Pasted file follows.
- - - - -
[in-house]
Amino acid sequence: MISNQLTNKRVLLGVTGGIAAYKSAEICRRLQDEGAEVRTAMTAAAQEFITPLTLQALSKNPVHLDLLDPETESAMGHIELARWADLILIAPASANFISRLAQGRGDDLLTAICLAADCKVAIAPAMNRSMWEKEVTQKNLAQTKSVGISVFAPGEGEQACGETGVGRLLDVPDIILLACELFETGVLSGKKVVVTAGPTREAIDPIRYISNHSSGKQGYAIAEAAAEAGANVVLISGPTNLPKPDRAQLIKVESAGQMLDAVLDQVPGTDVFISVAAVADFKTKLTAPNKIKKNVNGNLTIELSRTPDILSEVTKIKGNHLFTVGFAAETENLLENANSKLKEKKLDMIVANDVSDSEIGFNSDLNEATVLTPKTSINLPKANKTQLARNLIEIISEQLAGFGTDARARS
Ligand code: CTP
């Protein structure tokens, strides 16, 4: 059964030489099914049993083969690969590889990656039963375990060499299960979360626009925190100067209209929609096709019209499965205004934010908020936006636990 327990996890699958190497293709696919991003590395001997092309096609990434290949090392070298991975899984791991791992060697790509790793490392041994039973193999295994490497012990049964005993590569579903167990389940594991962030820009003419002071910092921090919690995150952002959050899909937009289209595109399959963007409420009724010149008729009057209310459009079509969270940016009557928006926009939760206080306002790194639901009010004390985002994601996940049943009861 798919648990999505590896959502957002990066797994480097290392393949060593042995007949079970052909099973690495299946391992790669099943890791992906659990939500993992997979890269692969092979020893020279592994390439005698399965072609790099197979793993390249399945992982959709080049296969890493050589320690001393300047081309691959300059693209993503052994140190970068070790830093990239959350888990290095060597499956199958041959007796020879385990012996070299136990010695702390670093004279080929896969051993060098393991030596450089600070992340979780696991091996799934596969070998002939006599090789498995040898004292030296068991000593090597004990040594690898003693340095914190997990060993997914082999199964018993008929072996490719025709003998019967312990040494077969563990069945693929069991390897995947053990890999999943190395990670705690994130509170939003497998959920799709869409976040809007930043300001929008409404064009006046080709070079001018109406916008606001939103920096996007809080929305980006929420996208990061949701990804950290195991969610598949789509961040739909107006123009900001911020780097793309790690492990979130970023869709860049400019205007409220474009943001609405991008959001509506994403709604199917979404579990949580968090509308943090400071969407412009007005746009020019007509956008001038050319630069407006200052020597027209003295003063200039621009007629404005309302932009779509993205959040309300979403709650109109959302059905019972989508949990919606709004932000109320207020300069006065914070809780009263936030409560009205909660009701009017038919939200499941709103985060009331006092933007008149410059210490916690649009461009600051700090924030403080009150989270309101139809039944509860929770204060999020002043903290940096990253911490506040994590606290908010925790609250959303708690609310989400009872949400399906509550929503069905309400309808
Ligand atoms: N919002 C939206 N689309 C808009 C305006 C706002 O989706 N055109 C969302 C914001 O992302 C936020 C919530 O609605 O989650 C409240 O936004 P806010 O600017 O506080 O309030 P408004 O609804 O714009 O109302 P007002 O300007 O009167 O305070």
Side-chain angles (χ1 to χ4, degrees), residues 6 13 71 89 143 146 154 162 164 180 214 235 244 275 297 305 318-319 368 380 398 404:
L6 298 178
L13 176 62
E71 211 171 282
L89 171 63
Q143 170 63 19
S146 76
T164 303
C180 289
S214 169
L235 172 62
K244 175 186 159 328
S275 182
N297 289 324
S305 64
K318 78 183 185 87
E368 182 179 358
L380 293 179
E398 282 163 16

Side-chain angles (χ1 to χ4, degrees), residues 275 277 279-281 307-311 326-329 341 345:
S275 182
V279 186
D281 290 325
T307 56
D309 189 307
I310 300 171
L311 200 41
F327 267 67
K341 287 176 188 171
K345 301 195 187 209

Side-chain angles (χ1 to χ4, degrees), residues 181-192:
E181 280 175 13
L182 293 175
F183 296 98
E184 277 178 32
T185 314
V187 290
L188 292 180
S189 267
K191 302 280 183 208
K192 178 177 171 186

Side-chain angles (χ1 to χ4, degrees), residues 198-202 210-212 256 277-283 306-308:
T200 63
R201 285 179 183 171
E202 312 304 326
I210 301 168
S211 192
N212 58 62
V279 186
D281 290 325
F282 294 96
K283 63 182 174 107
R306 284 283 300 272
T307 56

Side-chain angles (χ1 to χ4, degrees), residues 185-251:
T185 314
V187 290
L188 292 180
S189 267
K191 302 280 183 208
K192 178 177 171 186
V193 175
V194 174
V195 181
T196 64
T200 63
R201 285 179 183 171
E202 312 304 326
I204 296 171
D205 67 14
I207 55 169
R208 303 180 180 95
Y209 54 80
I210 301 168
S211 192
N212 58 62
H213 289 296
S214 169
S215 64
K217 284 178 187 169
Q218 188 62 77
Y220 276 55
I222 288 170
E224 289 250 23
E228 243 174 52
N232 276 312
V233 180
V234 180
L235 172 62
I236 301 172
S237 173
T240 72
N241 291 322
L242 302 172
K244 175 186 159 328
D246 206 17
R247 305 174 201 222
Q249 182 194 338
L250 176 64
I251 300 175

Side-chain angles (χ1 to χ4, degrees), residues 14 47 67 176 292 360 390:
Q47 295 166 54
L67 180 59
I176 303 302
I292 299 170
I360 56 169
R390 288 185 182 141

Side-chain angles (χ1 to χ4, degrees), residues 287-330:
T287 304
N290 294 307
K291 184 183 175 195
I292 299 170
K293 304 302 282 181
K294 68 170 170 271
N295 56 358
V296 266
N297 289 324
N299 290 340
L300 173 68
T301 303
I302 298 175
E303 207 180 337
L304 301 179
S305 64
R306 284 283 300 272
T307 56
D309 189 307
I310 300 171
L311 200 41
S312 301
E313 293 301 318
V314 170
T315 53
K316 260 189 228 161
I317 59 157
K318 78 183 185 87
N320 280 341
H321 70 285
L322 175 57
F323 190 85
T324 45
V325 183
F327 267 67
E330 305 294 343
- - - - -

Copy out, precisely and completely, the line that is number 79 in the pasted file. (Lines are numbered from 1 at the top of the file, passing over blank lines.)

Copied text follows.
I210 301 168